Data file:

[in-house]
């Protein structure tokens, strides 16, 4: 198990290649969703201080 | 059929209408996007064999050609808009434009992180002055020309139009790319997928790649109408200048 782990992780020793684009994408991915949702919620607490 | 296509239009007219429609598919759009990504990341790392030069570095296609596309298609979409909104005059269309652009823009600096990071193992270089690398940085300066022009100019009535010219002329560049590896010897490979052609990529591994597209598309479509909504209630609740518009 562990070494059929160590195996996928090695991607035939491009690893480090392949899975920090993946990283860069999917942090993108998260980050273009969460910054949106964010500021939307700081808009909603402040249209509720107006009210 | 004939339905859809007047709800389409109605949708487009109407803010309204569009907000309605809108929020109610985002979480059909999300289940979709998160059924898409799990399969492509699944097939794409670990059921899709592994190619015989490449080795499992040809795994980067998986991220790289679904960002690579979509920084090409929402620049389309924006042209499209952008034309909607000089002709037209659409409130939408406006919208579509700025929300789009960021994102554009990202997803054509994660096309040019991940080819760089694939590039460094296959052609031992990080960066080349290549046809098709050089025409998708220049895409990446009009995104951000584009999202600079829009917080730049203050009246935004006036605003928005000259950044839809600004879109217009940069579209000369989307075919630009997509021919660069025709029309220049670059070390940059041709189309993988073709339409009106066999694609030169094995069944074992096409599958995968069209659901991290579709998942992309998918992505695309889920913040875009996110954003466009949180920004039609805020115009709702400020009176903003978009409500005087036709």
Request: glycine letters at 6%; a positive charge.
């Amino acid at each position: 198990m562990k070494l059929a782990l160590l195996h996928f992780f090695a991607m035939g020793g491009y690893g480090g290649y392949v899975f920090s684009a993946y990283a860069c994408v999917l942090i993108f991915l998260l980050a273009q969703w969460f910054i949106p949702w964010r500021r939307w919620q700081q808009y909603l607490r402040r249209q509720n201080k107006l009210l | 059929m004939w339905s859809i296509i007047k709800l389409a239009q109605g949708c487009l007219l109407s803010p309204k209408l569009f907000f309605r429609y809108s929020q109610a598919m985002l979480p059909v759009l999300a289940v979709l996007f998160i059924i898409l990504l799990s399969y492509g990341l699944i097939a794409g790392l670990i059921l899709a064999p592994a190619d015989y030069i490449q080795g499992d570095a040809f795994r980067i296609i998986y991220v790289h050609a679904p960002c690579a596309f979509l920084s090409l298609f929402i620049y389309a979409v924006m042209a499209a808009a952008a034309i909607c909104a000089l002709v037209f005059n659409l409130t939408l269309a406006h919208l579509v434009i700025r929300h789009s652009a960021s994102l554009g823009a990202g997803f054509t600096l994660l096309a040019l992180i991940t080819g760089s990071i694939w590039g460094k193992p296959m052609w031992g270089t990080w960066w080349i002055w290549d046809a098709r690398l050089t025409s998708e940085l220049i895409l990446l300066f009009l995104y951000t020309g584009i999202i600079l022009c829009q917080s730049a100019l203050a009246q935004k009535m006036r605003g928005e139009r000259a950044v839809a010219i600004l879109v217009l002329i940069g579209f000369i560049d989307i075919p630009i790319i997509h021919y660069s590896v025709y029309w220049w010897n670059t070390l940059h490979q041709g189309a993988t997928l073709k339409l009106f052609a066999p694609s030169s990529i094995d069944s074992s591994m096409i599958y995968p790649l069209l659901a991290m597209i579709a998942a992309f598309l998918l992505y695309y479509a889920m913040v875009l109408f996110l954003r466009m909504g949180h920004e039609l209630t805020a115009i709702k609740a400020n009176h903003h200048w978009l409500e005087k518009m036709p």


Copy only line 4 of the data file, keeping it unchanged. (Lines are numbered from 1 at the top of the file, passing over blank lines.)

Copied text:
């Amino acid at each position: 198990m562990k070494l059929a782990l160590l195996h996928f992780f090695a991607m035939g020793g491009y690893g480090g290649y392949v899975f920090s684009a993946y990283a860069c994408v999917l942090i993108f991915l998260l980050a273009q969703w969460f910054i949106p949702w964010r500021r939307w919620q700081q808009y909603l607490r402040r249209q509720n201080k107006l009210l | 059929m004939w339905s859809i296509i007047k709800l389409a239009q109605g949708c487009l007219l109407s803010p309204k209408l569009f907000f309605r429609y809108s929020q109610a598919m985002l979480p059909v759009l999300a289940v979709l996007f998160i059924i898409l990504l799990s399969y492509g990341l699944i097939a794409g790392l670990i059921l899709a064999p592994a190619d015989y030069i490449q080795g499992d570095a040809f795994r980067i296609i998986y991220v790289h050609a679904p960002c690579a596309f979509l920084s090409l298609f929402i620049y389309a979409v924006m042209a499209a808009a952008a034309i909607c909104a000089l002709v037209f005059n659409l409130t939408l269309a406006h919208l579509v434009i700025r929300h789009s652009a960021s994102l554009g823009a990202g997803f054509t600096l994660l096309a040019l992180i991940t080819g760089s990071i694939w590039g460094k193992p296959m052609w031992g270089t990080w960066w080349i002055w290549d046809a098709r690398l050089t025409s998708e940085l220049i895409l990446l300066f009009l995104y951000t020309g584009i999202i600079l022009c829009q917080s730049a100019l203050a009246q935004k009535m006036r605003g928005e139009r000259a950044v839809a010219i600004l879109v217009l002329i940069g579209f000369i560049d989307i075919p630009i790319i997509h021919y660069s590896v025709y029309w220049w010897n670059t070390l940059h490979q041709g189309a993988t997928l073709k339409l009106f052609a066999p694609s030169s990529i094995d069944s074992s591994m096409i599958y995968p790649l069209l659901a991290m597209i579709a998942a992309f598309l998918l992505y695309y479509a889920m913040v875009l109408f996110l954003r466009m909504g949180h920004e039609l209630t805020a115009i709702k609740a400020n009176h903003h200048w978009l409500e005087k518009m036709p």